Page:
Sorting out seeds
Unpredictable temperatures did not deter me from sorting out my seeds and getting started the first week of March. I know, that was probably too soon, but for you readers, now will not be a bad time to start. I intend to put this crop out under cover in the middle of April. Last frost dates for our area are between the 21st and the 31st of April. Besides, not being able to get out and work in the garden was driving me nuts!
Here they were all tucked in and labeled.
So, I am off and running. Now, so I remember next year, I only planted my long season vegetables, to me, these are tomatoes, peppers, leeks and eggplant. If I plant these as direct sow in the ground, they will not have fruit until very late if at all in our climate. I learned that last year, when at first frost, green peppers , eggplant and tomatoes were not ready to harvest. It also helps to check the amount of days from germination to maturity provided as all varieties and cultivars are different.
Three weeks later.
They are doing quite nicely under the fluorescent light fixture in my basement, I rigged a shelf, -plywood covered with aluminum foil-. I then hung it right from the fixture with twine that I can adjust as they grow. Pretty rustic but works!
Of course it would be simpler to buy your seedling from a reputable green house. I grow mostly heirloom vegetables as I do not like my seeds altered. I wrote about the difference between heirlooms, hybrids and GMO seeds in my post on Shopping for Seeds and I was amazed by what technology and the seed companies are doing to manipulate our seed supply. Another reason to consider heirloom varieties is that we are loosing so many old classics and our field of options keeps getting smaller as years go by. This is an important way to preserve the diversity of our food choices. Also, with heirlooms you can harvest the seed and preserve it from year to year which is the reason we have them today. Some varieties can be traced to ancient times! I intend to keep seeds from my favorites and make sure they survive for years to come.
“Keep on sowing your seed, for you never know which will grow — perhaps it all will.”
Posted in Container gardening, Herbs, Seasons, Vegetable Gardening.
Tagged Eggplant, GMO seeds, Heirloom seeds, Home Vegetable garden, Hybrid seeds, Peppers, Seedling care, Starting vegetable seeds, Tomatoes
Temperatures have been fluctuating wildly in western Pennsylvania. Last year was my first real experience on the vegetable garden. Builded the raised beds in the fall the year before (2011) and added a fence all around the garden last spring just in time for planting. Here is a sampling of the most successful crops:
The potato “Purple Majesty” produced about the amount in the picture x three. Not a huge yield but they were delicious so I saved some ‘seed’ potatoes and they are happily growing this year too. Zucchini was so bountiful it was ridiculous, way too many, everyday. It got so, that I had to drop and run at neighbors front doors! This year, only two plants. I learned that they require a large amount of real state better utilized for my leaf crops which were my everyday go to crop: Spinach, kale, chard and assorted lettuce.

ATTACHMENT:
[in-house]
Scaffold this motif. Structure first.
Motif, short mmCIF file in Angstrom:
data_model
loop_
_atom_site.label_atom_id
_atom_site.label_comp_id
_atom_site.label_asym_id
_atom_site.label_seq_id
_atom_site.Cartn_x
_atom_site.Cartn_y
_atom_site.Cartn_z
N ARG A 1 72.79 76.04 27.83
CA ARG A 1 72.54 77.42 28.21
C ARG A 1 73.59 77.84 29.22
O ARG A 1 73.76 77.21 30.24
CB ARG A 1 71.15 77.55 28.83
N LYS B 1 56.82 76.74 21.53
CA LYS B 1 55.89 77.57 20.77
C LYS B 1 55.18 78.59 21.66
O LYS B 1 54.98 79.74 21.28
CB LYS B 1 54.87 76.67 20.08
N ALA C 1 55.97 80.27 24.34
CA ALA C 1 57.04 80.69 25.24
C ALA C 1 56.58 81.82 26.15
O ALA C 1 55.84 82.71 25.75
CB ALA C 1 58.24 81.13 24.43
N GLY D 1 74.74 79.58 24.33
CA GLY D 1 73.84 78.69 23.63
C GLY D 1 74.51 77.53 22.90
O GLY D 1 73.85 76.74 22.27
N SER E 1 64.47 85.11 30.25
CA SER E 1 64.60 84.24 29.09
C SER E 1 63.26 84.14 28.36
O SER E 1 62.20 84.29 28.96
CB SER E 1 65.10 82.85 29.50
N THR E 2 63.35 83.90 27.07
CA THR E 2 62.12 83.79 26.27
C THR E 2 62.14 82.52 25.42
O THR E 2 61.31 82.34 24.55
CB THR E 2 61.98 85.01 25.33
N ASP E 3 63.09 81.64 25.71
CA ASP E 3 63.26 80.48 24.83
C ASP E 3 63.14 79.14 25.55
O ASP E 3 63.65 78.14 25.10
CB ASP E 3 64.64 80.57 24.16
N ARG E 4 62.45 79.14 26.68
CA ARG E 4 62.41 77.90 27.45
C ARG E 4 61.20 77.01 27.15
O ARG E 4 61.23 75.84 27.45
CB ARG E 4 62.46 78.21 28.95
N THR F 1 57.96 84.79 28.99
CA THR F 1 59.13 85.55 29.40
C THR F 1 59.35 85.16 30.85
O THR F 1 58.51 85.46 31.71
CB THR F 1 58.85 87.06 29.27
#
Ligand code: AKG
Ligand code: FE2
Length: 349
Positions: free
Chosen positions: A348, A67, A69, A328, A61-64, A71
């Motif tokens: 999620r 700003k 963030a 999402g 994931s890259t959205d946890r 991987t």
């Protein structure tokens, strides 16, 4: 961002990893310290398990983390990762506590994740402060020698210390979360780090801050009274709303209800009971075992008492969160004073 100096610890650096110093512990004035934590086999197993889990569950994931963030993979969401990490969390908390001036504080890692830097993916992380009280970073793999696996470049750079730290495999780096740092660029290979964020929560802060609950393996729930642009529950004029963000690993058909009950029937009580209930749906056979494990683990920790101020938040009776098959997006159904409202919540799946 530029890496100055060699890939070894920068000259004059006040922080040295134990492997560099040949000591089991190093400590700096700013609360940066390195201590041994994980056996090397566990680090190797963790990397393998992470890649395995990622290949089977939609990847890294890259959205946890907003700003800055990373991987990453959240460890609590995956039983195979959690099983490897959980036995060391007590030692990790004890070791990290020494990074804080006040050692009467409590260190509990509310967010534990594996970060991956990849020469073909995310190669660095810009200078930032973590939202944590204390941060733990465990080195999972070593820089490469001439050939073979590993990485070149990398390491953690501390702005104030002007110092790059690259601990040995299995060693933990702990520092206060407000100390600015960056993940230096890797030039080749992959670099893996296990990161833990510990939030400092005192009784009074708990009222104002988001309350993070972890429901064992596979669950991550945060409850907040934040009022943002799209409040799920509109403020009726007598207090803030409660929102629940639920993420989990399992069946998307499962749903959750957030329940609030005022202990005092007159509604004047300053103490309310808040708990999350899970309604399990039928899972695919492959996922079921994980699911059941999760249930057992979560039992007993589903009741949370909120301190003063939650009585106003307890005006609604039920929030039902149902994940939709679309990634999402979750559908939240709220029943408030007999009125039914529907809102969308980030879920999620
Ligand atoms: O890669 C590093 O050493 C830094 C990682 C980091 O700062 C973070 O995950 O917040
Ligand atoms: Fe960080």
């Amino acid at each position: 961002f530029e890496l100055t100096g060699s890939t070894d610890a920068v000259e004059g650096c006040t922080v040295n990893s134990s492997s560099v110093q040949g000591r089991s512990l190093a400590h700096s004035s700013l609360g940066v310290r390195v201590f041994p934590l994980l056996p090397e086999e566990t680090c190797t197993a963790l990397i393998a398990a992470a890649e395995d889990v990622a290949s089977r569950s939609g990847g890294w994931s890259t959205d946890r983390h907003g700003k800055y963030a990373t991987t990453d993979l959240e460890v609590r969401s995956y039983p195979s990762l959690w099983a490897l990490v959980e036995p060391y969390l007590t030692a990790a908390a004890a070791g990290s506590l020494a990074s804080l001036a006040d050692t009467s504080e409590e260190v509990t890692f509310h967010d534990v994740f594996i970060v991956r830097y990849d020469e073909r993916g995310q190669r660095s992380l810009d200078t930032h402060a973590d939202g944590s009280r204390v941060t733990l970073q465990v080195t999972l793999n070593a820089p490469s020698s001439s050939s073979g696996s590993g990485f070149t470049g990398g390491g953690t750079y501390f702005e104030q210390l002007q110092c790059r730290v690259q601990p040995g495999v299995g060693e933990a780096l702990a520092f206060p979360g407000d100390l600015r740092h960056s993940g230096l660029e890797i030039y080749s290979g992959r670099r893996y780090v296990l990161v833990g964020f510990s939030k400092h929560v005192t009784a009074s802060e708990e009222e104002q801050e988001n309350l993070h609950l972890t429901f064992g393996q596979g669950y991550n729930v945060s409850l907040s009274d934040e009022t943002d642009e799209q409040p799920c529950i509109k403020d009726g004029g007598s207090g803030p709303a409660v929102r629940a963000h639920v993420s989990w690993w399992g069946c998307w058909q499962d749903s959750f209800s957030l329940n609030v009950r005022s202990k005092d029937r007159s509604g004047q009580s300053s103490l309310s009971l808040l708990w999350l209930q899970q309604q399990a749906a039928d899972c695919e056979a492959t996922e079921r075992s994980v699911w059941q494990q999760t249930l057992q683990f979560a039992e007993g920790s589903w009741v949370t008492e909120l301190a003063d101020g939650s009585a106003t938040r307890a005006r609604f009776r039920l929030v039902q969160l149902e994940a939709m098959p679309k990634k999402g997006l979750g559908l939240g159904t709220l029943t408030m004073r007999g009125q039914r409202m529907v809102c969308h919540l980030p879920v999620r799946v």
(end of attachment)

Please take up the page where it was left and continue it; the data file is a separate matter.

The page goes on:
Tomatoes were fantastic except I planted way too many also. They became a jungle of tangled vines. I lost many tomatoes simply because I could not physically rescue them from the impenetrable mess! I was grateful that they did not succumb to the many threats you are always reading about and I still had several baskets full everyday. I am still enjoying them in sauce, sofrito ( a spanish mixture of onions, garlic, and tomatoes fried and reduced in olive oil with safron and cumin). I also froze whole tomatoes in freezer bags that were better than canned and easy to add to soups and stews. I just finished those! At the end of the season, I harvested the Yellow Pear green tomatoes that were left in the vine and pickled them with herbs in large jars that went right in the refrigerator and lasted for months.
Of course, if you grow tomatoes, you better start a whole lot of Basil, I grew many different kinds last year. Genovese, Lettuce leaf, Thai, and Lime basil. Can’t ever have too much. As soon as it starts blooming, the pesto making starts and you can have pesto right through the winter. If you are into salsas, then you will want peppers as well. Mine did not do well at all, in fact, I grew a great plant that never bloomed and did not produced a single fruit so out with them and I gave up but I am trying again this year. We shall see.
So start those seeds, not too late for basil, parsley, beans, squash, zucchini and most beans. Carrots, beets radish and many other root crops can be put in now as well or put in some seedlings and watch them grow and produce. Nothing gives more satisfaction that eating your own produce and being able to share it with your friends. Let me know how it goes and what you learn as I am a newbie when it comes to food crops!
Shall I not have intelligence with the earth?
Am I not partly leaves and vegetable mould myself.
– Henry David Thoreau